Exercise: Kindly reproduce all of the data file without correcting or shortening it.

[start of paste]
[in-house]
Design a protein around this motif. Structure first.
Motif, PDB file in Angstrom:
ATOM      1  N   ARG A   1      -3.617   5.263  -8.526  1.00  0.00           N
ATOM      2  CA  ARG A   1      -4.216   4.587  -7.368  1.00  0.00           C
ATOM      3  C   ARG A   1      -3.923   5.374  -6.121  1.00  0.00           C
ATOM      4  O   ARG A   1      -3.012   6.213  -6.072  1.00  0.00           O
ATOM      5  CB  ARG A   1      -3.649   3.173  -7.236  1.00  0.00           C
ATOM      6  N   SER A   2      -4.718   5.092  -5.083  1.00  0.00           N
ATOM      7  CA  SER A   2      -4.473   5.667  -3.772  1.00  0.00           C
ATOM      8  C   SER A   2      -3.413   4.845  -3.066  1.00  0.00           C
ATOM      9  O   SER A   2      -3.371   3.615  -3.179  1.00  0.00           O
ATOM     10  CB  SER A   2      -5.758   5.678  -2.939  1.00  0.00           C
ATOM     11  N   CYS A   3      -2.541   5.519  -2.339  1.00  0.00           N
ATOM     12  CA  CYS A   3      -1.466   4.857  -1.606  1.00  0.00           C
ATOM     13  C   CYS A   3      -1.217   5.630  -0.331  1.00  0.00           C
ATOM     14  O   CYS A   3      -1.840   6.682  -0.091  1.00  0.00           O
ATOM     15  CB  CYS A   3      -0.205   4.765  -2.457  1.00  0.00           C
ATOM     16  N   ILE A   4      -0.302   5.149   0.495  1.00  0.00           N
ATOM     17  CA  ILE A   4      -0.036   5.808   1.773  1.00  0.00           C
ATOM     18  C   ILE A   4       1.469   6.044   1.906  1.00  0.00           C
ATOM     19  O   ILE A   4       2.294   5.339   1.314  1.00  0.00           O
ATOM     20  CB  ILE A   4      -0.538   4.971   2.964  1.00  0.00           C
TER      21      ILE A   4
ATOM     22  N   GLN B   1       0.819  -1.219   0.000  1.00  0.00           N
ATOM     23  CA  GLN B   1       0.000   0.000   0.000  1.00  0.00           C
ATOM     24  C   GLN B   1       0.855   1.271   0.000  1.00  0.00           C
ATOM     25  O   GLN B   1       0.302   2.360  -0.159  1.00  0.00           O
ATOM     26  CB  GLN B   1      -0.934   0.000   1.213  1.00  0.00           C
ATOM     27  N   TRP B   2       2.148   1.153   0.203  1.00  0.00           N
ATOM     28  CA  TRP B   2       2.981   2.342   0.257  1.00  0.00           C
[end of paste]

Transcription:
[in-house]
Design a protein around this motif. Structure first.
Motif, PDB file in Angstrom:
ATOM      1  N   ARG A   1      -3.617   5.263  -8.526  1.00  0.00           N
ATOM      2  CA  ARG A   1      -4.216   4.587  -7.368  1.00  0.00           C
ATOM      3  C   ARG A   1      -3.923   5.374  -6.121  1.00  0.00           C
ATOM      4  O   ARG A   1      -3.012   6.213  -6.072  1.00  0.00           O
ATOM      5  CB  ARG A   1      -3.649   3.173  -7.236  1.00  0.00           C
ATOM      6  N   SER A   2      -4.718   5.092  -5.083  1.00  0.00           N
ATOM      7  CA  SER A   2      -4.473   5.667  -3.772  1.00  0.00           C
ATOM      8  C   SER A   2      -3.413   4.845  -3.066  1.00  0.00           C
ATOM      9  O   SER A   2      -3.371   3.615  -3.179  1.00  0.00           O
ATOM     10  CB  SER A   2      -5.758   5.678  -2.939  1.00  0.00           C
ATOM     11  N   CYS A   3      -2.541   5.519  -2.339  1.00  0.00           N
ATOM     12  CA  CYS A   3      -1.466   4.857  -1.606  1.00  0.00           C
ATOM     13  C   CYS A   3      -1.217   5.630  -0.331  1.00  0.00           C
ATOM     14  O   CYS A   3      -1.840   6.682  -0.091  1.00  0.00           O
ATOM     15  CB  CYS A   3      -0.205   4.765  -2.457  1.00  0.00           C
ATOM     16  N   ILE A   4      -0.302   5.149   0.495  1.00  0.00           N
ATOM     17  CA  ILE A   4      -0.036   5.808   1.773  1.00  0.00           C
ATOM     18  C   ILE A   4       1.469   6.044   1.906  1.00  0.00           C
ATOM     19  O   ILE A   4       2.294   5.339   1.314  1.00  0.00           O
ATOM     20  CB  ILE A   4      -0.538   4.971   2.964  1.00  0.00           C
TER      21      ILE A   4
ATOM     22  N   GLN B   1       0.819  -1.219   0.000  1.00  0.00           N
ATOM     23  CA  GLN B   1       0.000   0.000   0.000  1.00  0.00           C
ATOM     24  C   GLN B   1       0.855   1.271   0.000  1.00  0.00           C
ATOM     25  O   GLN B   1       0.302   2.360  -0.159  1.00  0.00           O
ATOM     26  CB  GLN B   1      -0.934   0.000   1.213  1.00  0.00           C
ATOM     27  N   TRP B   2       2.148   1.153   0.203  1.00  0.00           N
ATOM     28  CA  TRP B   2       2.981   2.342   0.257  1.00  0.00           C